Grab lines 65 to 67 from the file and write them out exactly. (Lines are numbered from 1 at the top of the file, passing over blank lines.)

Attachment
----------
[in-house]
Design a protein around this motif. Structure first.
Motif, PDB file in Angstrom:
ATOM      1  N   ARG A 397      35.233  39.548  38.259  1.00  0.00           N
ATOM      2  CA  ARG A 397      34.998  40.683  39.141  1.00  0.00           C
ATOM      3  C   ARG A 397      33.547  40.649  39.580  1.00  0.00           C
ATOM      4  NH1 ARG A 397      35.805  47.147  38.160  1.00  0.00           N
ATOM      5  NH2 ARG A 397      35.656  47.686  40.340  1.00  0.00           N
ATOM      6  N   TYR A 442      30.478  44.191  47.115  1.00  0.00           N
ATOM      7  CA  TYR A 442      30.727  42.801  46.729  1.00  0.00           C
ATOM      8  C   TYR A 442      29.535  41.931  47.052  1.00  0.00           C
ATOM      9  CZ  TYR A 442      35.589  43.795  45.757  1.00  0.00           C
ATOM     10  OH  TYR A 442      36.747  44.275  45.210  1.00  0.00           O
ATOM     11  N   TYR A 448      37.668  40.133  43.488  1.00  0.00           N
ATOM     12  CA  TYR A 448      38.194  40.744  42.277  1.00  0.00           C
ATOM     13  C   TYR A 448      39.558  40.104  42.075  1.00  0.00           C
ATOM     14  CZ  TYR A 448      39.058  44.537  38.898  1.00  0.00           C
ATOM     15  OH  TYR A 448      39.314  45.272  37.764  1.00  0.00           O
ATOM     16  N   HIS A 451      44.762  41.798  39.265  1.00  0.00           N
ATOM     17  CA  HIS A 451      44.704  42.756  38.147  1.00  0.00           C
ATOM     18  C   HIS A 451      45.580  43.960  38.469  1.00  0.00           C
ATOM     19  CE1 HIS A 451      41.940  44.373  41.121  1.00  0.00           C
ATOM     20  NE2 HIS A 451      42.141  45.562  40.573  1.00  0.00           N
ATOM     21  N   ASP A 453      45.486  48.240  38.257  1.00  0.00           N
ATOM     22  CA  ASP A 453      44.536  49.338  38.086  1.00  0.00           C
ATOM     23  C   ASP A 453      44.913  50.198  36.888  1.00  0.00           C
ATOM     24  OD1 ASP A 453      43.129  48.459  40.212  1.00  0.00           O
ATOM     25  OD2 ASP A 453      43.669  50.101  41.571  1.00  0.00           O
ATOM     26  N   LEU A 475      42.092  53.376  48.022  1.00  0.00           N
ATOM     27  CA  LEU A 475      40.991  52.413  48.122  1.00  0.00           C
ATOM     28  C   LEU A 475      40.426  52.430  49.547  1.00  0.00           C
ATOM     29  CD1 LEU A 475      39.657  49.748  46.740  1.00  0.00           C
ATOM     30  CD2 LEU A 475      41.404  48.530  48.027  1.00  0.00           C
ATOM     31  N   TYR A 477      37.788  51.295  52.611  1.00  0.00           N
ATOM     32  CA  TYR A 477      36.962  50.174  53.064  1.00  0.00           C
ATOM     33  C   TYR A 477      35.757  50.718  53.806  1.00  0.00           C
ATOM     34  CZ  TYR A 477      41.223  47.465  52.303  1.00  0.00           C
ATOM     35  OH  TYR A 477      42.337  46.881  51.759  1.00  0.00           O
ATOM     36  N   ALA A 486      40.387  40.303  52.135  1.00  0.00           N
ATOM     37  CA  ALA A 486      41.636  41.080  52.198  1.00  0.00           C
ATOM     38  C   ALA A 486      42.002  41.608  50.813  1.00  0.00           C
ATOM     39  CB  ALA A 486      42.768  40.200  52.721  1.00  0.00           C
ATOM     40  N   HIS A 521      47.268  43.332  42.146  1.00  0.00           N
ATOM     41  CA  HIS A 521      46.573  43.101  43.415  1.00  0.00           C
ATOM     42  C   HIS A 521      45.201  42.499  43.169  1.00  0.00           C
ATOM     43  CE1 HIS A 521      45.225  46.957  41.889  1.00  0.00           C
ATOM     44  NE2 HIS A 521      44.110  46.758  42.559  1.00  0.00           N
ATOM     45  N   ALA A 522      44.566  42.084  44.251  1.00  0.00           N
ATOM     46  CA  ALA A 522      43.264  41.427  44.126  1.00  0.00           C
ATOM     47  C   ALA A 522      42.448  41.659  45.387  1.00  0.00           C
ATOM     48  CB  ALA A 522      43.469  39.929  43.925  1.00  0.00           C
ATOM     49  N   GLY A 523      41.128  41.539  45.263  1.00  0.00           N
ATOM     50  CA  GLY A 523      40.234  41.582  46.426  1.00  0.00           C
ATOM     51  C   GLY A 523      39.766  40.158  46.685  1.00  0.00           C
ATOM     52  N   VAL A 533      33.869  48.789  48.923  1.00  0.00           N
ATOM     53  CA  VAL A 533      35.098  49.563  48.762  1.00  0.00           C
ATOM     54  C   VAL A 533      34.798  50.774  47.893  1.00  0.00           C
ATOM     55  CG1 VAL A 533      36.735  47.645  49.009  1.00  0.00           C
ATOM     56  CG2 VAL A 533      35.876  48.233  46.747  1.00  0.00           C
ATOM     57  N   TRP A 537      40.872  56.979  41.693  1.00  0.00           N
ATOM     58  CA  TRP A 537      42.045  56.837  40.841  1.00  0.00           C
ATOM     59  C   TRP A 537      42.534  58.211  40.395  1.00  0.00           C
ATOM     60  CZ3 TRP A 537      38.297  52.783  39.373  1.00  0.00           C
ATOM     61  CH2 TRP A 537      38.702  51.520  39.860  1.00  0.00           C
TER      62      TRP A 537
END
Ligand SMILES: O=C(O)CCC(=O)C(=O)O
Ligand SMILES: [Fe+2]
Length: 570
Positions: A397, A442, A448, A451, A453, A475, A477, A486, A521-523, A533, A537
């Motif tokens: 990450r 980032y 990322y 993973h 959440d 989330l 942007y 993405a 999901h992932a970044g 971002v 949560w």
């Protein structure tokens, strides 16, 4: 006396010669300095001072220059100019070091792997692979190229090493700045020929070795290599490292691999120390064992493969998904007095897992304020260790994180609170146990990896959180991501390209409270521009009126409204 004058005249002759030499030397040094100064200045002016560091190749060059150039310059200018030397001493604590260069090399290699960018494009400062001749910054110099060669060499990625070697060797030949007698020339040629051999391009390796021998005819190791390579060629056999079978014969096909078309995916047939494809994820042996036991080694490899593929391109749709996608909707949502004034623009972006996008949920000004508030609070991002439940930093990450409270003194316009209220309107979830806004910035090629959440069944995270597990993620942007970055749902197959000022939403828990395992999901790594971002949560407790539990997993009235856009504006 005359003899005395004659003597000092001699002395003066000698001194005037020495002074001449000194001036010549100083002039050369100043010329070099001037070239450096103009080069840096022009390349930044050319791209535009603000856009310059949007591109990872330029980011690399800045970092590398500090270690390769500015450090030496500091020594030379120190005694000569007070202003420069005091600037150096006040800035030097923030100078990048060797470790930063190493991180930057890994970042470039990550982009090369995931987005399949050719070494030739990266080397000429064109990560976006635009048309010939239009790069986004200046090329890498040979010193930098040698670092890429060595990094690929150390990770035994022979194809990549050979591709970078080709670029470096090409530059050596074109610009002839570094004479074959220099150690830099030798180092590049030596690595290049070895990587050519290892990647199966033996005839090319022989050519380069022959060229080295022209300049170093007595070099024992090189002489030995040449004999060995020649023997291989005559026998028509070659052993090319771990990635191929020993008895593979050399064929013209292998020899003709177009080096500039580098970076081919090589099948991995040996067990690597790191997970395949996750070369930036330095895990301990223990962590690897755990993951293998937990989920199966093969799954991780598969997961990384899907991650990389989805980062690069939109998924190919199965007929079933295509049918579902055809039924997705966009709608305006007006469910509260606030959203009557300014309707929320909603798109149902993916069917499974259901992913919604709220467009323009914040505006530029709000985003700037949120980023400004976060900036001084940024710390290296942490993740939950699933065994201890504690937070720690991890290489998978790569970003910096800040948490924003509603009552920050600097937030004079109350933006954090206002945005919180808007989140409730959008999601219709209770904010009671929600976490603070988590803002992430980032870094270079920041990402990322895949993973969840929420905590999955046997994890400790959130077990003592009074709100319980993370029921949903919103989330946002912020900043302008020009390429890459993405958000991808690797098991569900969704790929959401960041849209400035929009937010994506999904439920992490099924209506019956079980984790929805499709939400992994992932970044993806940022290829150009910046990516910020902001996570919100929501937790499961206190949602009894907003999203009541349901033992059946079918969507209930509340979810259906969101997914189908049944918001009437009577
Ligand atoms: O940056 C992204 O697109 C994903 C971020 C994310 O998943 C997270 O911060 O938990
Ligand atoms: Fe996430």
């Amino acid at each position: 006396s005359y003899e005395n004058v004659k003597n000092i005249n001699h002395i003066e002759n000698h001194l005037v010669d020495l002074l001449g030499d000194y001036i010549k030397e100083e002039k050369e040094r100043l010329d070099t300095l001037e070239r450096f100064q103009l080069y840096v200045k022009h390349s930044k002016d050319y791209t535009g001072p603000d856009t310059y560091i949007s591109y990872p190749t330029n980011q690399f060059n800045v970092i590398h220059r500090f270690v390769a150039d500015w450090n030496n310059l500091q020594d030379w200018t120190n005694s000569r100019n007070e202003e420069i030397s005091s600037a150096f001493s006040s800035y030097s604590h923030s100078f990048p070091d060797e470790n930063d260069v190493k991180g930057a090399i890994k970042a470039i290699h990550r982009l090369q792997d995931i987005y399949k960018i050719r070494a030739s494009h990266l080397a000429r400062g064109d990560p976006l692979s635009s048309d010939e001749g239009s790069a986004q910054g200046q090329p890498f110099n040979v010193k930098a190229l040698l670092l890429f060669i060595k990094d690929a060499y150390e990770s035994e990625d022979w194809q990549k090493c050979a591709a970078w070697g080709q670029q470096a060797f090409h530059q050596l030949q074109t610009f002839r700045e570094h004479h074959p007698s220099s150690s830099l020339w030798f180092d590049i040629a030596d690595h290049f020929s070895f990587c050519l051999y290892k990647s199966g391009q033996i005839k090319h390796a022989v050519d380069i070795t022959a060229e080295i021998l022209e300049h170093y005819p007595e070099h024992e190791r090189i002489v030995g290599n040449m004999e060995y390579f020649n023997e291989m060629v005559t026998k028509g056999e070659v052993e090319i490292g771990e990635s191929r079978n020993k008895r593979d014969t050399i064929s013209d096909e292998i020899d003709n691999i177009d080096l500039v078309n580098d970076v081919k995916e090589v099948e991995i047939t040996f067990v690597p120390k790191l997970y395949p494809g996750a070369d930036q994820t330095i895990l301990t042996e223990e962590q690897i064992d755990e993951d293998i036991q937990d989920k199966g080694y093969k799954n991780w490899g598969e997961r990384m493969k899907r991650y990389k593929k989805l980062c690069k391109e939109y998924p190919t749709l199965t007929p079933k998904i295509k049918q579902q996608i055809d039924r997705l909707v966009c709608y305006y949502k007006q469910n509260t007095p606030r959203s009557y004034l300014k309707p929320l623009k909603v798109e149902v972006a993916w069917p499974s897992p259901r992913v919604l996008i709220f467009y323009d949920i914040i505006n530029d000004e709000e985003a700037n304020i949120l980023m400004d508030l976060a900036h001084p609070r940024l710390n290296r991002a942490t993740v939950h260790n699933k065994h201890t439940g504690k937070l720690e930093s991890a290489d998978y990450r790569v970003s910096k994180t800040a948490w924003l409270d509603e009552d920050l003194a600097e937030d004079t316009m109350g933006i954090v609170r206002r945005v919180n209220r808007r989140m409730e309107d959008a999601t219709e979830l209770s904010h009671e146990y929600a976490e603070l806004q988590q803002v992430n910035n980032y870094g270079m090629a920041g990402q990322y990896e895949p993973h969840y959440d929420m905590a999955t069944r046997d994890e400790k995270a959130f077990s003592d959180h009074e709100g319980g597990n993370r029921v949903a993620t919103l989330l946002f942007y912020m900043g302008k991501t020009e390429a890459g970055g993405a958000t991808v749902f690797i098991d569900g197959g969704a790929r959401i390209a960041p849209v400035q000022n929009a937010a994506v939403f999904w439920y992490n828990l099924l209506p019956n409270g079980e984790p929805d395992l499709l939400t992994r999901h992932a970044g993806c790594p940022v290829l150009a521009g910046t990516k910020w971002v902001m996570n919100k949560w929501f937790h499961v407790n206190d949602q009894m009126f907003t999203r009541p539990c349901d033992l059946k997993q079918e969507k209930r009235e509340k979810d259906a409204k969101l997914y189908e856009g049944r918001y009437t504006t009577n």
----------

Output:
TER      62      TRP A 537
END
Ligand SMILES: O=C(O)CCC(=O)C(=O)O